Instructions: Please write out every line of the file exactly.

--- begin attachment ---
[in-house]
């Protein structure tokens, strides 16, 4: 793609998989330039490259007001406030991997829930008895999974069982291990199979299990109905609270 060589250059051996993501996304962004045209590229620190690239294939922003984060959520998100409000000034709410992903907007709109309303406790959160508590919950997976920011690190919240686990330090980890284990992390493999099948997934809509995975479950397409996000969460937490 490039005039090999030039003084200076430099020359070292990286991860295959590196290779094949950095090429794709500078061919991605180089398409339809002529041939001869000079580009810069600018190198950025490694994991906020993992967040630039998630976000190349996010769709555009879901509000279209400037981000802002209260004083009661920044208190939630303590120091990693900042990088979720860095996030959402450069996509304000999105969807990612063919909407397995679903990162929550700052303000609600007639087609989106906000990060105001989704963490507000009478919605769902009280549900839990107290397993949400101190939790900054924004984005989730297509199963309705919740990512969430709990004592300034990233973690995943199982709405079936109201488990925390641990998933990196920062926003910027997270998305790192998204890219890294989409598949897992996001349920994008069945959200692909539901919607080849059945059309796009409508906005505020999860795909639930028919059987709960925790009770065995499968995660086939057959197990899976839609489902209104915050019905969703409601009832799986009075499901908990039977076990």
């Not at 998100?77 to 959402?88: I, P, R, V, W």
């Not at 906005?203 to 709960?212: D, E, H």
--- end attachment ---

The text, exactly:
[in-house]
């Protein structure tokens, strides 16, 4: 793609998989330039490259007001406030991997829930008895999974069982291990199979299990109905609270 060589250059051996993501996304962004045209590229620190690239294939922003984060959520998100409000000034709410992903907007709109309303406790959160508590919950997976920011690190919240686990330090980890284990992390493999099948997934809509995975479950397409996000969460937490 490039005039090999030039003084200076430099020359070292990286991860295959590196290779094949950095090429794709500078061919991605180089398409339809002529041939001869000079580009810069600018190198950025490694994991906020993992967040630039998630976000190349996010769709555009879901509000279209400037981000802002209260004083009661920044208190939630303590120091990693900042990088979720860095996030959402450069996509304000999105969807990612063919909407397995679903990162929550700052303000609600007639087609989106906000990060105001989704963490507000009478919605769902009280549900839990107290397993949400101190939790900054924004984005989730297509199963309705919740990512969430709990004592300034990233973690995943199982709405079936109201488990925390641990998933990196920062926003910027997270998305790192998204890219890294989409598949897992996001349920994008069945959200692909539901919607080849059945059309796009409508906005505020999860795909639930028919059987709960925790009770065995499968995660086939057959197990899976839609489902209104915050019905969703409601009832799986009075499901908990039977076990």
């Not at 998100?77 to 959402?88: I, P, R, V, W």
């Not at 906005?203 to 709960?212: D, E, H």